Prices paid for goods used in residential construction increased even more in August, mainly pushed up by increasing softwood lumber prices. According to the Producer Price Index report by the Bureau of Labor Statistics, prices paid for goods grew by 0.9% last month on a not seasonally adjusted basis. This makes the fourth consecutive month prices have increased, which NAHB says is due to the rise in softwood lumber prices. In August, softwood lumber prices jumped by 14.9%, which is a 50% increase since April. The last time a four-month gain was as high was back in 1949.
It is the second-largest increase since seasonally adjusted data has been available since 1975. The index has decreased 1.3% year-to-date (YTD), a larger decline than the prior record for a July YTD decrease (-0.9% in 2000). Prices paid for goods used in residential construction have only fallen five times between January and June since 2000.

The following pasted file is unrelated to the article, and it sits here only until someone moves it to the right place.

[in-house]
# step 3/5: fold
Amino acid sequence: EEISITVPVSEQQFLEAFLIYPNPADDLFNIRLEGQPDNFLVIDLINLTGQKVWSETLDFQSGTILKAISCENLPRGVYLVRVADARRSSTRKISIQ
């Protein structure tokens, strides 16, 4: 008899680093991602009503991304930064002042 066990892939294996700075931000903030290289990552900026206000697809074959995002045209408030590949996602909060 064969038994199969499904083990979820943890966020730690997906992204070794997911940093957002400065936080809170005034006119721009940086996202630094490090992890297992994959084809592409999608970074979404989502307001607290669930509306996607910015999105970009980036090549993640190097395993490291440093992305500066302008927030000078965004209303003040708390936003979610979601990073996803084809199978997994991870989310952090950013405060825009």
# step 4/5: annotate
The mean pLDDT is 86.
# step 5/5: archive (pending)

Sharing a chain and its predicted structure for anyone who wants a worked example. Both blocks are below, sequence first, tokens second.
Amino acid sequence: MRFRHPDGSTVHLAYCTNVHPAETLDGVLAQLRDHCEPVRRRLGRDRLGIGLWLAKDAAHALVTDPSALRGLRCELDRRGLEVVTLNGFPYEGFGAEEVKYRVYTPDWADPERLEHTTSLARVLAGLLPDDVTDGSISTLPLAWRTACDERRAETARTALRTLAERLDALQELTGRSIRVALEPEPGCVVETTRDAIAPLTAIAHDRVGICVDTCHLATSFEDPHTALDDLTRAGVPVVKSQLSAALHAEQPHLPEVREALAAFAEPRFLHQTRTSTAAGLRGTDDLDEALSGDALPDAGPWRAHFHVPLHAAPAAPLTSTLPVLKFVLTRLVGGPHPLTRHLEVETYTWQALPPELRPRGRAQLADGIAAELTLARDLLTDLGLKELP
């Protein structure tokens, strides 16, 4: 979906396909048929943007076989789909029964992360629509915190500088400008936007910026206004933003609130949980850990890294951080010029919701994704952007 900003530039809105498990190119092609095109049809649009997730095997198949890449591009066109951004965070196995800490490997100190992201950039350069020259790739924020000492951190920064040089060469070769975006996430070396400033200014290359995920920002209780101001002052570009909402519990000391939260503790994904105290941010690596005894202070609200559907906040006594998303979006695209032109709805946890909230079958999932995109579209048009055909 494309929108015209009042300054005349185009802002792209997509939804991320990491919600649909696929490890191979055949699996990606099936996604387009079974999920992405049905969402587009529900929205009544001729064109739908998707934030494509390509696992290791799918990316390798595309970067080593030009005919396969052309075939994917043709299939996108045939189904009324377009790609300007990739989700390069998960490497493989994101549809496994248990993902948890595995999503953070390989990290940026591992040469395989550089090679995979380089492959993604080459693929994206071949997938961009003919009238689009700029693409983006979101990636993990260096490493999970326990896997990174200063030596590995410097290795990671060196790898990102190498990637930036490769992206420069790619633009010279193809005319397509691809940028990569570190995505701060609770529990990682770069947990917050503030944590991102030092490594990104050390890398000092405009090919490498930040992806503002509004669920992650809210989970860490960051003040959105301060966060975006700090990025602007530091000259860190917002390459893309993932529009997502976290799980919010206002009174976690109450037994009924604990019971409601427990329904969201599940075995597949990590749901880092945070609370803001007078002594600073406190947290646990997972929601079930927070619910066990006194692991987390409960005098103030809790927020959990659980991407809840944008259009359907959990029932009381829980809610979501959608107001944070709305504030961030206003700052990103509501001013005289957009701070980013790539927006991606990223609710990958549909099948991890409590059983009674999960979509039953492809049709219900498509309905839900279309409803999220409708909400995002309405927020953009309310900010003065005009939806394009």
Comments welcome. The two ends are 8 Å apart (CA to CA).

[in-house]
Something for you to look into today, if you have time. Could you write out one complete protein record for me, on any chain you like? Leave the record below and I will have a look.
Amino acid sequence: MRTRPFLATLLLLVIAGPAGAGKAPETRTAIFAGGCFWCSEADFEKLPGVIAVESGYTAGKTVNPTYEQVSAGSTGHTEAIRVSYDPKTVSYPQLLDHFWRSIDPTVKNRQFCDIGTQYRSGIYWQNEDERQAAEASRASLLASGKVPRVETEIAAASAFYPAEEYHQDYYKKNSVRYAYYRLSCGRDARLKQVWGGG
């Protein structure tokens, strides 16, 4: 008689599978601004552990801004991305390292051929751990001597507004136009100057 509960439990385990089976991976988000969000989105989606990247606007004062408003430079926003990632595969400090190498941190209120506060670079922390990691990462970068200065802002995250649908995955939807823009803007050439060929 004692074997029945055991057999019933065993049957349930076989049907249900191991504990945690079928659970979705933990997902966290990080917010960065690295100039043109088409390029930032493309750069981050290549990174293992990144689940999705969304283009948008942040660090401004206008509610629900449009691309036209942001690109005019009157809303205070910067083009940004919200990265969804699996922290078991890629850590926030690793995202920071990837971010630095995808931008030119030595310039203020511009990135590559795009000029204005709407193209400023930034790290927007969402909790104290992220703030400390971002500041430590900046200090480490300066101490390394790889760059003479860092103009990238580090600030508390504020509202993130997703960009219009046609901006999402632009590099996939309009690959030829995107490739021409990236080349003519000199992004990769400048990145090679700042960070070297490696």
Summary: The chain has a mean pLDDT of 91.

In addition to nominal price increases and tariffs on Canadian lumber, cross-border purchasers have been hurt by a weakening U.S. dollar (USD) in recent months. Since late-March, the USD has depreciated nearly 10%.